Research and Innovation Services


Research studentships abstracts

Find out what you need to include in your research studentship project abstract.

What should be included in the abstract?

For UK Research and Innovation (UKRI) Research Councils to be able to classify the project, the summary must include:

  • The key objectives/aims of the research.  What questions does the project intend to answer?
  • The novel approaches, physical sciences/engineering/methodologies that will be carried out during the course of the project.

As the project details will be added to Gateway to Research (GtR) and Researchfish, you may also wish to include some potential applications or context describing the value of the research.
The description should be written for a lay audience and jargon or unexplained abbreviations should be avoided.

What shouldn't be included in the project details?

  • Lots of background or potential applications with no description of the aims or the novelty of approach/methodologies.
  • Unexplained subject-specific jargon/abbreviations that an educated lay person could not understand.
  • If the project summary does not clearly describe the key objectives and novel science of the project, the project summary will be returned to be updated.  If the relevance to the councils remit is unclear from the project description it may be tagged as “out of the council remit” and they could cease funding that studentship.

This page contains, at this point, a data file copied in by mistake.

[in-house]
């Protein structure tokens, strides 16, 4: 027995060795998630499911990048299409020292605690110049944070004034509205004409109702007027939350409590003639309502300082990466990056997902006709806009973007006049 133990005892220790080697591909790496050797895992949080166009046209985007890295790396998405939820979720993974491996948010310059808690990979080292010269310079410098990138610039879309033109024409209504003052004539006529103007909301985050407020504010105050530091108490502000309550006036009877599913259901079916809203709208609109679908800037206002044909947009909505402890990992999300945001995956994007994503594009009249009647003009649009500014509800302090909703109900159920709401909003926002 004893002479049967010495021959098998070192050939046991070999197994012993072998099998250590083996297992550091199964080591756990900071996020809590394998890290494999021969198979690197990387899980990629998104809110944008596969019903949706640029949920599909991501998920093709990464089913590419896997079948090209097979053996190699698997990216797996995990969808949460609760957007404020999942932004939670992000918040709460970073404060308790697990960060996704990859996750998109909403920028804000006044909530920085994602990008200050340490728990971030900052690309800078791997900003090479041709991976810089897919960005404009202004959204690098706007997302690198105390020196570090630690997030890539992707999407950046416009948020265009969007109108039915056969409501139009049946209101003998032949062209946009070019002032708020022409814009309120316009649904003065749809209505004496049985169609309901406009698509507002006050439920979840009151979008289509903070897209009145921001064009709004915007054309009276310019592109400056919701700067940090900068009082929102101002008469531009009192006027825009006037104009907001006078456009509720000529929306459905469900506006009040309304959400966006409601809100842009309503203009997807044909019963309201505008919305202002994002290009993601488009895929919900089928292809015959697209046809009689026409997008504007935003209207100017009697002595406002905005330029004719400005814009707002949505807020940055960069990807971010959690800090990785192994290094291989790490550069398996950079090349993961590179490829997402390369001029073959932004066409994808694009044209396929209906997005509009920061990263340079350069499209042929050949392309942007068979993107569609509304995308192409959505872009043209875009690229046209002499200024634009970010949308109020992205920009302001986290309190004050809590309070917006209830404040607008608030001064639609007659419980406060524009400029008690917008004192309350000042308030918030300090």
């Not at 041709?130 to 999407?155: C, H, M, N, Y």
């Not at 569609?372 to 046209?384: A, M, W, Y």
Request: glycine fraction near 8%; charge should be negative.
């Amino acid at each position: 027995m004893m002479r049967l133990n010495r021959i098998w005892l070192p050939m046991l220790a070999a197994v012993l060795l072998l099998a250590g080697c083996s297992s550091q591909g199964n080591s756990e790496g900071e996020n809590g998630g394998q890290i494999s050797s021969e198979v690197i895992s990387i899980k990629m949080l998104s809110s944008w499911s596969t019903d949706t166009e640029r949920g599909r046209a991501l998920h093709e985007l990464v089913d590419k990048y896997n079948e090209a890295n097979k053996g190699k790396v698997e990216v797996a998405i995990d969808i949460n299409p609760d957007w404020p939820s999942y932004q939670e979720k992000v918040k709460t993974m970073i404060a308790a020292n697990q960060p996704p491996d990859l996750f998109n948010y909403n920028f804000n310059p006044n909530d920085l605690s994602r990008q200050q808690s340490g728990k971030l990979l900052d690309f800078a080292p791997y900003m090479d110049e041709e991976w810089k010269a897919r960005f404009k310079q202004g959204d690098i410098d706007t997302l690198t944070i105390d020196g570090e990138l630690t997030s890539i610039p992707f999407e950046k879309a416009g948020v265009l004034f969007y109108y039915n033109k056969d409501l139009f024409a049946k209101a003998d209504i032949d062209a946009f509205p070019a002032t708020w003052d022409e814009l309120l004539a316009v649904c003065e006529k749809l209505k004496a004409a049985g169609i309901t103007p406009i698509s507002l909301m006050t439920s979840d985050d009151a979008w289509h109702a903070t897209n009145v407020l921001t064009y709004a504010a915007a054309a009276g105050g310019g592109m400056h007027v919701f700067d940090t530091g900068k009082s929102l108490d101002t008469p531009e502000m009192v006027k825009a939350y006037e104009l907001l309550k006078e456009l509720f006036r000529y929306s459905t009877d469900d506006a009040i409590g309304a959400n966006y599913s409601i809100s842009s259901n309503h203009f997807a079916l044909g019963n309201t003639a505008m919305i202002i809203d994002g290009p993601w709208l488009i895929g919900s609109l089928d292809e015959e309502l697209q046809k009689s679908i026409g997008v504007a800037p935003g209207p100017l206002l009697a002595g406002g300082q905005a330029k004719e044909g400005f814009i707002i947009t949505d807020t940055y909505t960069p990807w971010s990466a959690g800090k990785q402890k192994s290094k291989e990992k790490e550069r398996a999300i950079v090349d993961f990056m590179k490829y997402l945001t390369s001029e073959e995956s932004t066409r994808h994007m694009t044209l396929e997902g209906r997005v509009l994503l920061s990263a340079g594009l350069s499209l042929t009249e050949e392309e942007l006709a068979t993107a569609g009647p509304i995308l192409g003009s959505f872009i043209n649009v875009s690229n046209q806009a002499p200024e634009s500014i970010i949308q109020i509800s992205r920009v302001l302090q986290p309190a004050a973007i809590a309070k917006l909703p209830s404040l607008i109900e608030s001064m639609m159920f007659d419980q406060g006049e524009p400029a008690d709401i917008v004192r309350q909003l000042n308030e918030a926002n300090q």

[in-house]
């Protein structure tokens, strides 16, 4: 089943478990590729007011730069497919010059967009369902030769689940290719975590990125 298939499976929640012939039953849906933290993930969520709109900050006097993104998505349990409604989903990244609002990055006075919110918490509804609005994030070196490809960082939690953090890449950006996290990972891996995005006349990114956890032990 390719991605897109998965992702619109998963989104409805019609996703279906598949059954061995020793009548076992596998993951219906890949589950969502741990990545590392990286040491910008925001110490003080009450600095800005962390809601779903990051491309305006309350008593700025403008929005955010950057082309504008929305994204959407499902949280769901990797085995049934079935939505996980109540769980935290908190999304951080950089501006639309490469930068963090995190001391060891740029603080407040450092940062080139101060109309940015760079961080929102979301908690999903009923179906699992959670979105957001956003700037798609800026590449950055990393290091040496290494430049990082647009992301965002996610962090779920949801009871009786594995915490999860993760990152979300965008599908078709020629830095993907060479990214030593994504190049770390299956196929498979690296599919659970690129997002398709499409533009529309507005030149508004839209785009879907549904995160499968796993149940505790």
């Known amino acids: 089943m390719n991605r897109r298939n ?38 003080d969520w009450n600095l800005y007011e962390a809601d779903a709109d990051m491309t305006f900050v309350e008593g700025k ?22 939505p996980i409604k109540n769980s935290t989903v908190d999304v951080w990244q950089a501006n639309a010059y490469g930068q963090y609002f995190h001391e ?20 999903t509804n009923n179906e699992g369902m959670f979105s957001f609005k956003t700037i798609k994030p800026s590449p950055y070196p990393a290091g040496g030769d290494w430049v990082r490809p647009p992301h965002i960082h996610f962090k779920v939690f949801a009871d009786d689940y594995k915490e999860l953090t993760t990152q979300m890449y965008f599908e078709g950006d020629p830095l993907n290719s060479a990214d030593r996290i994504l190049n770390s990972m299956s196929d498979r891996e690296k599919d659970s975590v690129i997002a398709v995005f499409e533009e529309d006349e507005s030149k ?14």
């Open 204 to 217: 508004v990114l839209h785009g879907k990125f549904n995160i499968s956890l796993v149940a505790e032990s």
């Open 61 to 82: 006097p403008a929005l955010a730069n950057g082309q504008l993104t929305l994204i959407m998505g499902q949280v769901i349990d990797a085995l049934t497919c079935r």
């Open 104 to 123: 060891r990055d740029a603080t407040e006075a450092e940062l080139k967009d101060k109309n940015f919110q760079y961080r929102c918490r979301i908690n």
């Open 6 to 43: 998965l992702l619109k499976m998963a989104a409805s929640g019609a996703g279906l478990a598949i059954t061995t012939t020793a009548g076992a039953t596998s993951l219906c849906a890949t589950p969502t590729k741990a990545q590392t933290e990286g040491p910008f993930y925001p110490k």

What happens to the student project details entered into Je-S?


  • Being able to classify student projects is important as it allows the Research Councils to understand their portfolio.

Gateway to Research (GtR)

  • Student project details are added to GtR to enable users to search and analyse information about publically funded research.
  • Via GtR users have easy access to information about current projects and the outcomes of past projects. 


  • The information Research Councils gather via ResearchFish enables them to demonstrate the impact and benefits of the research they fund.

Frequently Asked Questions (FAQs)

Where do I enter a student’s project details?

Universities are asked to enter details about students’ projects into the Je-S student portal. The 'Student Details' section of Je-S asks you to provide a 'Project Title' and a 'Summary'. There is a free-text box for each of these (character limits apply).

What if the Research Council can’t classify the project based on the information provided?

If it is not clear which research areas the project fits into, the Research Councils will record that not enough information was provided. They will contact universities to ask them to add more information to these records so that they can classify them. You should try to be as clear as possible when entering project details into Je-S to avoid being asked to amend them later. 

If the project can’t be classified because it is out of the Council's remit, they will record this. Research organisations are required by the training grant terms and conditions to ensure that Research Council-funded projects lie within their remit. Councils monitor the number of projects that are out of remit and may take further action if a university records numerous out-of-remit projects.